CROWSNEST PASS- Taking on a 500 pound wild animal is no easy task, but for poachers in southern Alberta, all it takes is one shot to destroy a threatened species.
The number of poached grizzlies bears in our province is on the rise and two unsolved cases has Fish and Wildlife turning to the public for help.
“Seems to be something that some people have to have, and the life of that animal is not really worth anything to them,” said scientist David McIntyre of poaching.
Both cases were in 2013, and the investigation has carried over into this season.
Officials have released this statement describing the incidents:
“There are few sights more majestic in the province than a grizzly bear in its natural habitat. However, some poachers choose to target these magnificent creatures, and Alberta’s hard-working fish and wildlife officers need your help to catch them.
Officers regularly conduct patrols in known grizzly habitat to deter would-be poachers, but they can’t be everywhere at once in Alberta’s 661,848 km².
Currently, investigations into two grizzly deaths are ongoing in Blairmore and Pincher Creek, and investigators are asking the public for information to help bring these poachers to justice.
Incident #1: Blairmore District
In early May of 2013, Fish and Wildlife Officers received information from campers visiting the Livingstone falls area in the Crowsnest Forest Reserve about the poaching of a male grizzly. Officers believe the persons responsible for the crime may have been licenced black bear hunters. The bear was shot and left to waste just off the Forestry trunk road near Isolation Creek.
Incident #2: Pincher Creek District
In early May of 2013, Fish and Wildlife Officers received information from a concerned citizen stating that a whole carcass of a grizzly bear was discovered along a hillside in Pincher Creek Canyon. Possible suspects may be hunters who have frequented that area for several years and are known to hunt on horseback in the area.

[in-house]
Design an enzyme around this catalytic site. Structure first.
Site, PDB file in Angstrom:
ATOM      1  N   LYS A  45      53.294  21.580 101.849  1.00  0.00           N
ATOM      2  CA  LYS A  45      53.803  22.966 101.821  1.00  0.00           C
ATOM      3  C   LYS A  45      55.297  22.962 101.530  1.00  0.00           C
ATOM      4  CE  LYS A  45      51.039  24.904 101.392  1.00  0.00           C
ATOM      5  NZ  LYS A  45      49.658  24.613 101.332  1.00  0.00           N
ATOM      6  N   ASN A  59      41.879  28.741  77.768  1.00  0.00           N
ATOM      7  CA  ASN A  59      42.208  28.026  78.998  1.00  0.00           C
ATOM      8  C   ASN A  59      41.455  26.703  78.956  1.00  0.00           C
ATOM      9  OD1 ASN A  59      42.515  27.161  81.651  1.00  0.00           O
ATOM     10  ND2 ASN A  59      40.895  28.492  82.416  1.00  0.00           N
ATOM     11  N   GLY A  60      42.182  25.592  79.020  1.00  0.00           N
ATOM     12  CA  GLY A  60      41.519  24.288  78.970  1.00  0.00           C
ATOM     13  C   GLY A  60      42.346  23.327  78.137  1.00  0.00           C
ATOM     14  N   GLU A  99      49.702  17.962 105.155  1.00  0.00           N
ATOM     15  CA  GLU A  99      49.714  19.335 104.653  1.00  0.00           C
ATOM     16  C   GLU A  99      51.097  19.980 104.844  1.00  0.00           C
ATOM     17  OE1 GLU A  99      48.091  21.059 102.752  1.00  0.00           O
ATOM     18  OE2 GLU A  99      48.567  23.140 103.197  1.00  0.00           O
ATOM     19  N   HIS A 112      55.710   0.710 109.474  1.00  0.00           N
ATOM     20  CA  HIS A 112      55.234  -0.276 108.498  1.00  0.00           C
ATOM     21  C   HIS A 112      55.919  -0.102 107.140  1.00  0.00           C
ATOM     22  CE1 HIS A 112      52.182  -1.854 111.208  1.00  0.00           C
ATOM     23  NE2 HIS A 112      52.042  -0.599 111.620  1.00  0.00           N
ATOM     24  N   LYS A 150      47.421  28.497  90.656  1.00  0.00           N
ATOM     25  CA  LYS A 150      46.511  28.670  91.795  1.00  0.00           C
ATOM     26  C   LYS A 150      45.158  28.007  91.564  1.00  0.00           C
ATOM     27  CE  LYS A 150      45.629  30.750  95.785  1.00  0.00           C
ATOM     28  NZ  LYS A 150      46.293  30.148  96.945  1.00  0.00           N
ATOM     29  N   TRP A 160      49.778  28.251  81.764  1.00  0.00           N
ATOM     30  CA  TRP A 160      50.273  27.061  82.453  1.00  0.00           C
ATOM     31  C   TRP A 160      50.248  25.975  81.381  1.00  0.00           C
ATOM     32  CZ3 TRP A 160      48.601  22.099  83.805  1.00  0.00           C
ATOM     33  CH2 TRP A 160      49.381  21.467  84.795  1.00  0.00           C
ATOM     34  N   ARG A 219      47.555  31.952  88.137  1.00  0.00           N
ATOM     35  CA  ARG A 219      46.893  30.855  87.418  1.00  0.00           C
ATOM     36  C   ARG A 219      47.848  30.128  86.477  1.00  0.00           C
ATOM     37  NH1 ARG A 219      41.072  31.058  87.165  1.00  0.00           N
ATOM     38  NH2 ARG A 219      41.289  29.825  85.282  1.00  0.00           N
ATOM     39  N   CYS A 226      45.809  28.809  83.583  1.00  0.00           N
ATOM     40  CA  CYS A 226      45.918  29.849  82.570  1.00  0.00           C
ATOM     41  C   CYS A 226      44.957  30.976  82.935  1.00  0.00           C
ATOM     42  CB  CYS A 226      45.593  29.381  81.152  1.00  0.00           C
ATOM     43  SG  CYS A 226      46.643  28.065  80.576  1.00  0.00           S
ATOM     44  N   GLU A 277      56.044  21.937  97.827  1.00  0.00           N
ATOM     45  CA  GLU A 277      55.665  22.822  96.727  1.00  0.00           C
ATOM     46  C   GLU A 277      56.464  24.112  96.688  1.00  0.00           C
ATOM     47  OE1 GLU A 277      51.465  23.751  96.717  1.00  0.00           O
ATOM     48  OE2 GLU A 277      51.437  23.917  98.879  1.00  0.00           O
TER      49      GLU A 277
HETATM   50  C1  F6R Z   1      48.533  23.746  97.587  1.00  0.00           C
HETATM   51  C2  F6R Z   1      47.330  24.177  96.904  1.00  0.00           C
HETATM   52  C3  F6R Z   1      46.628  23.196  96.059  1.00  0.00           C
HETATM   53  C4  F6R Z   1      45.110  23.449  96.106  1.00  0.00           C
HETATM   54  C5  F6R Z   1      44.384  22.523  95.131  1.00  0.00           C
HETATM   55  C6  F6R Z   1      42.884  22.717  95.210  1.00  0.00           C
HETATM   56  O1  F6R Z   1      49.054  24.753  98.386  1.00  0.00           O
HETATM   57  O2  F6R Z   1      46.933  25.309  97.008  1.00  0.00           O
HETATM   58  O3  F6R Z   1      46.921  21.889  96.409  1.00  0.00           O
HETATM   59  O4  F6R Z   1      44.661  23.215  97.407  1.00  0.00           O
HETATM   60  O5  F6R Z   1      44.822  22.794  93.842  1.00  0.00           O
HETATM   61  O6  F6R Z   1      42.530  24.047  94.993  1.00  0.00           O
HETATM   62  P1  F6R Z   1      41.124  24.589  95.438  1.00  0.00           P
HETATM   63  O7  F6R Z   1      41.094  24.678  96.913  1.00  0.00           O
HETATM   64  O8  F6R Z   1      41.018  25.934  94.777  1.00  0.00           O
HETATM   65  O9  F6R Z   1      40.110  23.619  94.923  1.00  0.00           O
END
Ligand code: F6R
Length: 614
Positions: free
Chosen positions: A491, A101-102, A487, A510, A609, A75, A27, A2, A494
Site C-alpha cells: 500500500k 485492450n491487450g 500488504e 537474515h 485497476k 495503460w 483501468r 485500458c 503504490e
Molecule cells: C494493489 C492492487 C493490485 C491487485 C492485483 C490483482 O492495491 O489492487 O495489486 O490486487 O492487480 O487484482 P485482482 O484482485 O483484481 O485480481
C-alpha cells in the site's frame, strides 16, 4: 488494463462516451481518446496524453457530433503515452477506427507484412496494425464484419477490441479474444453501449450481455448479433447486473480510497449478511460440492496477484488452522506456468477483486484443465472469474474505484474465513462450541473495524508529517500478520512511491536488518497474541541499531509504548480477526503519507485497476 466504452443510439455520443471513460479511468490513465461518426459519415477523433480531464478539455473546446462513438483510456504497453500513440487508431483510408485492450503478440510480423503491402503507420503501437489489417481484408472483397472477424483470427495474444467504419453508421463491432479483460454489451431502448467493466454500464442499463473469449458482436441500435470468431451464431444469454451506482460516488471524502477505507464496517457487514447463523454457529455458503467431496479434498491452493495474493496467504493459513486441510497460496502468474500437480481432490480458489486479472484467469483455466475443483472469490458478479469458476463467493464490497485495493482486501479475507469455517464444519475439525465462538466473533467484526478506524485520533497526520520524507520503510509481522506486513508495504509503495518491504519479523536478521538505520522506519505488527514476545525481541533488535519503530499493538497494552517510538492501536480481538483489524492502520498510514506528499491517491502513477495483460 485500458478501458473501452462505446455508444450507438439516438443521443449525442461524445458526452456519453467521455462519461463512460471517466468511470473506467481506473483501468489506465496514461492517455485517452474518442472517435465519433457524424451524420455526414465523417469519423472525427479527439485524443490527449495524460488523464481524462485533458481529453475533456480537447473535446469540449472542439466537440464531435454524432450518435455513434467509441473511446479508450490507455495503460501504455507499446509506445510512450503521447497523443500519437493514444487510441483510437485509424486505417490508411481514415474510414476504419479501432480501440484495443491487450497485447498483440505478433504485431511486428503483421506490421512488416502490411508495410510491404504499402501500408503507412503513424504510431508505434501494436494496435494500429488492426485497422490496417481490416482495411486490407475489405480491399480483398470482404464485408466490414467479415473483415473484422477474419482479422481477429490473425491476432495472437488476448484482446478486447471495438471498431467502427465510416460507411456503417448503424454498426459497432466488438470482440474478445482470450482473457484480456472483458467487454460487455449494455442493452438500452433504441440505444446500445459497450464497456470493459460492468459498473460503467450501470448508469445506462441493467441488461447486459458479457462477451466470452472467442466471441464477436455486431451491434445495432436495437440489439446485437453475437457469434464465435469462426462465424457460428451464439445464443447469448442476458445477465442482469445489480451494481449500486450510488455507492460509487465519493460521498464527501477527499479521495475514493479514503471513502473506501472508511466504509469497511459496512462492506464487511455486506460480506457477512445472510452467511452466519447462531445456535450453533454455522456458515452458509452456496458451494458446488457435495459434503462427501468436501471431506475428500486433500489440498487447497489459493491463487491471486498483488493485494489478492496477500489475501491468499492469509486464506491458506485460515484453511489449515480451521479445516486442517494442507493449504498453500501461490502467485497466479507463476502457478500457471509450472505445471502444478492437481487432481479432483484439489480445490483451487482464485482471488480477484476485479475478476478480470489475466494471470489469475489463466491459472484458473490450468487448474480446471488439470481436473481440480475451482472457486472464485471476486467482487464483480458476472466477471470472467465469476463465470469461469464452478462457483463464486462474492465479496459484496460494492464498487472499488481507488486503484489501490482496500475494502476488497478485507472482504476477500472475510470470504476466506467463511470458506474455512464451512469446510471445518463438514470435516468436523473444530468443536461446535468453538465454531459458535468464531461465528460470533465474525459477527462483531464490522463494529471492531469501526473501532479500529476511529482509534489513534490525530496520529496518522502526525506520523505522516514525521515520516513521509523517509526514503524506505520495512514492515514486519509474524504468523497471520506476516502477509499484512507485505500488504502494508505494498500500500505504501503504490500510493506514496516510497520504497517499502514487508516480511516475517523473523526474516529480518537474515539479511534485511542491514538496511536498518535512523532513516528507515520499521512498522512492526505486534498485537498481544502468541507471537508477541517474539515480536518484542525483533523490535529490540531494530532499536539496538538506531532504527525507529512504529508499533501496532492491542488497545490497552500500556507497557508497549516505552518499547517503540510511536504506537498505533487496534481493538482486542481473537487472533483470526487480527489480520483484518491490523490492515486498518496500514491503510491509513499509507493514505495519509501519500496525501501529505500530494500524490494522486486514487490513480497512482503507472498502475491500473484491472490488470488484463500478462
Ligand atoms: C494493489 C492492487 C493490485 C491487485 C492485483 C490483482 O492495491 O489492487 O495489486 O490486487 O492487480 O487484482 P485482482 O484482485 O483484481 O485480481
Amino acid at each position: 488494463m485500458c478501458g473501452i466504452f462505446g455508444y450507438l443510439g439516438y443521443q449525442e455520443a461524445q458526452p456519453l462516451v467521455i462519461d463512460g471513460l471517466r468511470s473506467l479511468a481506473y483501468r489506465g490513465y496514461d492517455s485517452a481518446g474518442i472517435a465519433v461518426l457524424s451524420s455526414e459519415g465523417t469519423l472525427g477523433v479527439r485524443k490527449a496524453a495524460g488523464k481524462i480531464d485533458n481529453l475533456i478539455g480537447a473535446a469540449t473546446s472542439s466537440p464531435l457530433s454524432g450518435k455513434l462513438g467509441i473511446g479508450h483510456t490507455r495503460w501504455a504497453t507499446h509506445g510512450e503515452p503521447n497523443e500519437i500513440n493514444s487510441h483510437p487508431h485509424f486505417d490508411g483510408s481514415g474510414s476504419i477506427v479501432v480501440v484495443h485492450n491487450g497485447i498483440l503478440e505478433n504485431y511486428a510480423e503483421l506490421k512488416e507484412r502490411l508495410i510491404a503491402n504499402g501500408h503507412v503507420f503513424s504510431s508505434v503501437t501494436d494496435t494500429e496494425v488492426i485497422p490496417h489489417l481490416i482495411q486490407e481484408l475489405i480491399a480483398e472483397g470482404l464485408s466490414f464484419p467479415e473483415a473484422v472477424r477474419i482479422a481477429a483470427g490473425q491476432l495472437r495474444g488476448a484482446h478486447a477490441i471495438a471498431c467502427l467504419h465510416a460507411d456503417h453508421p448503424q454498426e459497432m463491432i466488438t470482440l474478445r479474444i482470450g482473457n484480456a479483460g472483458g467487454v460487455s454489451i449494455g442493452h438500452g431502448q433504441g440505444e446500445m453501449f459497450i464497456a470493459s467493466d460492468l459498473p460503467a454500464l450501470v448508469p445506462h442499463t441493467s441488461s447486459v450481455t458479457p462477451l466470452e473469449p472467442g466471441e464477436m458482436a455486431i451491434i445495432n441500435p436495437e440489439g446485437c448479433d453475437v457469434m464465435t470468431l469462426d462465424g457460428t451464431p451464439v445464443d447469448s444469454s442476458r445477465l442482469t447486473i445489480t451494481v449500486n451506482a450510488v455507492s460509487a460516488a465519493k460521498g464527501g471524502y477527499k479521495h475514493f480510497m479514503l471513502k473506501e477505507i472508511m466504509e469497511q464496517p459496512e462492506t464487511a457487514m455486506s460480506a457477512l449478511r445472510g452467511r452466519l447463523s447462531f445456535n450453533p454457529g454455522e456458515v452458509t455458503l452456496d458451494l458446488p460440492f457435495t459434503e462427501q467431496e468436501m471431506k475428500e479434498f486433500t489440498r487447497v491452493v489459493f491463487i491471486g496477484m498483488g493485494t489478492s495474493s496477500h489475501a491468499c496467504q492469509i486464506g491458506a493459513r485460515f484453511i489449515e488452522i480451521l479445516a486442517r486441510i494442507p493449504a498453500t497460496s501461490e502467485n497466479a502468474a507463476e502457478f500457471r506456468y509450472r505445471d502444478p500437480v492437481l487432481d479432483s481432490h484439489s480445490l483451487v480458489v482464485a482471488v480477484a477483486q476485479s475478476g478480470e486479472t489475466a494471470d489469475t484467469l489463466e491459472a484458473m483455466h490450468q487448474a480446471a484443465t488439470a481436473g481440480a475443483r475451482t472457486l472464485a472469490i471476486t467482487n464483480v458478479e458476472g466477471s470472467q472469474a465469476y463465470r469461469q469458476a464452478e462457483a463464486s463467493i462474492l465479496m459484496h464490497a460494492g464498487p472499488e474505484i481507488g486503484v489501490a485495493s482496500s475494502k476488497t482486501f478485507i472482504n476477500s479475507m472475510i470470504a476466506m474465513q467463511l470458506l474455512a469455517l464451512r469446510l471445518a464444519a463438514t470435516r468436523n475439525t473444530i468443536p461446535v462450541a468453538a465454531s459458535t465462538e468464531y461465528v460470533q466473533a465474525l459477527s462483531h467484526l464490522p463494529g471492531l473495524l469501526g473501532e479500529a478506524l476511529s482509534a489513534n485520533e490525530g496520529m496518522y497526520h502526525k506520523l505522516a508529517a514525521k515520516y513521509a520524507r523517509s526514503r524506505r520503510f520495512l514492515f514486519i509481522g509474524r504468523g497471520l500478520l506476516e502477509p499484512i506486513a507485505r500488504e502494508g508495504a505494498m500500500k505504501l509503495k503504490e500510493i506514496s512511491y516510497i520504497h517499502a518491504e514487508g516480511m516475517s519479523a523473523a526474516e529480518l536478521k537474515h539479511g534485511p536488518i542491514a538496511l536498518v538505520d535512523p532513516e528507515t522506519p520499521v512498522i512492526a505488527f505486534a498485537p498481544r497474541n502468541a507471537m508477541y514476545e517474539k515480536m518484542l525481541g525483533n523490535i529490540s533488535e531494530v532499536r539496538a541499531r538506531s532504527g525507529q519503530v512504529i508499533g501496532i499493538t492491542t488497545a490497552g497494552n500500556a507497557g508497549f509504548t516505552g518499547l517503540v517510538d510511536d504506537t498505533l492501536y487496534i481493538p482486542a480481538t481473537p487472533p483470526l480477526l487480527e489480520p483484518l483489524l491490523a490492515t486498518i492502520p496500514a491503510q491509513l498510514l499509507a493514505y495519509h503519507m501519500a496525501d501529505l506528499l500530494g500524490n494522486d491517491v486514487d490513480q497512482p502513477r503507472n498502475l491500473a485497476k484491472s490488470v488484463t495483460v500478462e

Anyone with information that might help solve these cases is asked to call the Blairmore Fish and Wildlife District office at (403) 562-3289, or the 24-hour Report a Poacher line at 1-800-642-3800, which is toll-free across North America.
Any information, photos, social media comments, or other details that might connect individuals to these crimes could help regardless of how insignificant it might seem. Callers providing information that leads to charges may qualify for a reward. Personal information is kept strictly confidential, and those who wish to remain anonymous can still qualify for a reward.
Grizzly bears symbolize the beautiful countryside valued by both Albertans and visitors. They are part of our provincial identity, and we need to ensure they are here for future generations to enjoy. Any tips you have will help protect the province’s world-class fish and wildlife resources.”
With nearly a dozen illegally killed grizzlies last year alone, experts are concerned about the future of the species.
“We know that there aren’t an awful lot of bears, and any loss especially the number of bears that we had killed in the last year or so, is a significant loss.
Fish and Wildlife says depending on the circumstances, those caught poaching could face thousands of dollars worth of fines, and even jail time.